The authors are experts on tax history and tax law.
Income tax forms are notoriously complicated, but there is one simple question that is missing: “Would you like to register to vote in your home state?” With over 150 million American households filing federal income tax returns each year, our annual ritual of tax filing is a missed opportunity for voter registration.
While Americans are filling out their 1040s and Schedule Cs, they should also be asked if they would like to complete a voter registration form. The form, let’s call it a Schedule VR, would be separate from tax information, and would be available to all citizens, regardless of the amount of taxes paid or refunded. A Schedule VR would be the simplest way to create a national and nearly universal registration system.
There is good evidence that tax-time voter registration would work. In Canada, annual income tax forms already offer voter registration. Overall, 96 percent of eligible voters appear on the Canadian voter registry, thanks in substantial part to the work of the Canada Revenue Agency. Elections Canada suggests that citizens “tick the box” every year on their income tax form to keep their address information up-to-date. By contrast, more than one in five eligible voters in the United States is not on the voter rolls. These unregistered voters are disproportionately likely to be young, to have lower incomes, and to be members of racial and ethnic minority groups.
Adding a voter registration option to tax filing has three major advantages: breadth, accuracy and convenience. Americans are conscientious taxpayers who see tax filing as an important civic responsibility; a Schedule VR would help ensure our voter rolls are correct and secure, with less paperwork for the citizenry.
Tax-time voter registration would build on the National Voter Registration Act of 1993, which brought easy registration to departments of motor vehicles and other government agencies across the country. Taxes are filed annually, far more frequently than most people’s trips to the D.M.V. About 90 percent of the U.S. population appears on an income tax return each year, and 99.5 percent of us are estimated to appear on at least one federal tax document (like a W2 or a 1099), which is higher than the declining fraction of Americans who hold driver’s licenses. The tax system has played a vital role in Covid relief delivery precisely because few agencies can match the reach of the Internal Revenue Service.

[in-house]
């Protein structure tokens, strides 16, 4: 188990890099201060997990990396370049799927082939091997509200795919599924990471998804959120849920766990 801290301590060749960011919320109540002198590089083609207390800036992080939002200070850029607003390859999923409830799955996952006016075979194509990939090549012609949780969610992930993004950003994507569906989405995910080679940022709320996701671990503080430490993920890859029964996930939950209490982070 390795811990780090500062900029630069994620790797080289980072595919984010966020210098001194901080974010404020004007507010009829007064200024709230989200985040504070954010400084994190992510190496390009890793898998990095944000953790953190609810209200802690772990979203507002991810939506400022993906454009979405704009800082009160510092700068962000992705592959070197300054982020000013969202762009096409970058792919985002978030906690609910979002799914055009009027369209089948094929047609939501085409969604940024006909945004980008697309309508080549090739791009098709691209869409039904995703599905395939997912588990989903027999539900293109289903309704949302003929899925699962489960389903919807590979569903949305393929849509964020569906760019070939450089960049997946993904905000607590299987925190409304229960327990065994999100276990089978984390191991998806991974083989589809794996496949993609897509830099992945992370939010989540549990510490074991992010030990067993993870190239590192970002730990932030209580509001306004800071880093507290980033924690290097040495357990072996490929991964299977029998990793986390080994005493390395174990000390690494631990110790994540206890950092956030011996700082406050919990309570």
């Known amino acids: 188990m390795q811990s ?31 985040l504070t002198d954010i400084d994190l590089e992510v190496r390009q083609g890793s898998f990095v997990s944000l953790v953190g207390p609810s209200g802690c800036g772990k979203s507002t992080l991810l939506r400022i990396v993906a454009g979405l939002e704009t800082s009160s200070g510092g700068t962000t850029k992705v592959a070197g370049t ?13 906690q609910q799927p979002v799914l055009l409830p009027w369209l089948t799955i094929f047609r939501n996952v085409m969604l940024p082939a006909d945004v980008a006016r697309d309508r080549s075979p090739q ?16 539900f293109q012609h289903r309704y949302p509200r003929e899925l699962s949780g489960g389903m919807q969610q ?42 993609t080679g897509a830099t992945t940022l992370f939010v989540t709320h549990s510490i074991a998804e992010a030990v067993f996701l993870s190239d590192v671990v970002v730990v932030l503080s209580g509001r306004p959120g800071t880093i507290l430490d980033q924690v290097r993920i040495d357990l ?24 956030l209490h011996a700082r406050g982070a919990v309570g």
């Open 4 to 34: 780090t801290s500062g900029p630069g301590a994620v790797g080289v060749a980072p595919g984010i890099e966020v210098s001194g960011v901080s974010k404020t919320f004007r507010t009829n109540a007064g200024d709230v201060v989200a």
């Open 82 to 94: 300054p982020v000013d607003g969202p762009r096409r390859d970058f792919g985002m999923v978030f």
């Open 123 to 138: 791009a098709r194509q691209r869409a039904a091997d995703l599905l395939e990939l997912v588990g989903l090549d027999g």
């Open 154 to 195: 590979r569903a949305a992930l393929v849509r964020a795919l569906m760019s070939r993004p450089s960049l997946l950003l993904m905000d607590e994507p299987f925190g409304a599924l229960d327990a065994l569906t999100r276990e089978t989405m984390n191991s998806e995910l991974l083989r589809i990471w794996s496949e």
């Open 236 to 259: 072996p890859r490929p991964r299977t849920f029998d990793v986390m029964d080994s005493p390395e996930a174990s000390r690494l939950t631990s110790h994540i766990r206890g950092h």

Yes, adding voter registration to the tax filing process would represent a substantial increase in responsibility for the I.R.S. But there are precedents for the I.R.S. assisting tax filers in participating in important civic endeavors. In 1972, 1975 and 1980, Form 1040 included questions on behalf of the U.S. Census Bureau. Today, Form 1040 still has a check box allowing tax filers to donate three dollars to public campaign finance via the Presidential Election Campaign Fund. As Congress considers adding $80 billion to the I.R.S. budget, it should not overlook the full potential of tax filing to help shore up our democracy.
Voter registration at tax filing would also conform to President Biden’s mandate for new federal action to promote voter registration and turnout. Mr. Biden’s Executive Order 14019 calls upon the heads of each federal agency to produce a comprehensive plan for how they can “provide access to voter registration services and vote-by-mail ballot applications in the course of activities or services that directly engage with the public.”
For the I.R.S. to collect voter registration information and work with the states to update the voter rolls would require legislative action. But there are still immediate steps that can be taken. Janet Yellen, the secretary of the Treasury, and Charles Rettig, the I.R.S. commissioner, can mandate that voter registration services be provided at the nonprofit Volunteer Income Tax Assistance sites that work with the I.R.S. to provide free tax preparation to over one million households a year.
We already know that a program like this would reach underrepresented voters. In an experiment one of us conducted in 2018, tax filers at five sites in Dallas and Cleveland were offered voter registration forms. The participants were predominantly Black and Hispanic tax filers with an average household income of less than $30,000. The program doubled the likelihood that an unregistered person would get onto the voter rolls.
In an appalling echo of Jim Crow, some states are weaponizing their voting laws to exclude voters, and especially voters of color, from participating in our democracy. Historically, federal intervention has been essential to the protection of voting rights; now is the time to use tax policy to increase voter access.
Along with other legislation, like the urgently needed John Lewis Voting Rights Act, a Schedule VR would help counteract state efforts to restrict access to the ballot box. But even beyond the current political situation, we shouldn’t overlook a powerful tool we already have in hand to ensure that Americans have a reliable way to register to vote.
Jeremy Bearer-Friend (@bearerfriend) is an associate professor at George Washington University Law School; Vanessa Williamson (@V_Williamson) is a senior fellow in governance studies at the Brookings Institution.